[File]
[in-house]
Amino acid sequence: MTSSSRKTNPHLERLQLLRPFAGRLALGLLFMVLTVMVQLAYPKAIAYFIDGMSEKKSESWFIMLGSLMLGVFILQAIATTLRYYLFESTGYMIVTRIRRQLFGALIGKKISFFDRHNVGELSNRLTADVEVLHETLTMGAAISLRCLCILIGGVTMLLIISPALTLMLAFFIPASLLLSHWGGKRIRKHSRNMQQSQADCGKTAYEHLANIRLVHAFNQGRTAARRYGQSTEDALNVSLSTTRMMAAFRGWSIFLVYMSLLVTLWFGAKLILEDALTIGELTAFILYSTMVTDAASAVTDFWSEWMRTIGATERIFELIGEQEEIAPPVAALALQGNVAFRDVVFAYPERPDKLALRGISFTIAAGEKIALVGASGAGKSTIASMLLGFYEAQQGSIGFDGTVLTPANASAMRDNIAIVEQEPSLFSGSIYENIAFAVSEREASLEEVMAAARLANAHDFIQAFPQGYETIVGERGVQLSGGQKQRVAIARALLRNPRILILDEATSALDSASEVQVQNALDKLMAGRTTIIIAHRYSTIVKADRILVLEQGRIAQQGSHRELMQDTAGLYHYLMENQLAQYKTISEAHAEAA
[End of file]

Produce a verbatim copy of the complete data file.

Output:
[in-house]
Amino acid sequence: MTSSSRKTNPHLERLQLLRPFAGRLALGLLFMVLTVMVQLAYPKAIAYFIDGMSEKKSESWFIMLGSLMLGVFILQAIATTLRYYLFESTGYMIVTRIRRQLFGALIGKKISFFDRHNVGELSNRLTADVEVLHETLTMGAAISLRCLCILIGGVTMLLIISPALTLMLAFFIPASLLLSHWGGKRIRKHSRNMQQSQADCGKTAYEHLANIRLVHAFNQGRTAARRYGQSTEDALNVSLSTTRMMAAFRGWSIFLVYMSLLVTLWFGAKLILEDALTIGELTAFILYSTMVTDAASAVTDFWSEWMRTIGATERIFELIGEQEEIAPPVAALALQGNVAFRDVVFAYPERPDKLALRGISFTIAAGEKIALVGASGAGKSTIASMLLGFYEAQQGSIGFDGTVLTPANASAMRDNIAIVEQEPSLFSGSIYENIAFAVSEREASLEEVMAAARLANAHDFIQAFPQGYETIVGERGVQLSGGQKQRVAIARALLRNPRILILDEATSALDSASEVQVQNALDKLMAGRTTIIIAHRYSTIVKADRILVLEQGRIAQQGSHRELMQDTAGLYHYLMENQLAQYKTISEAHAEAA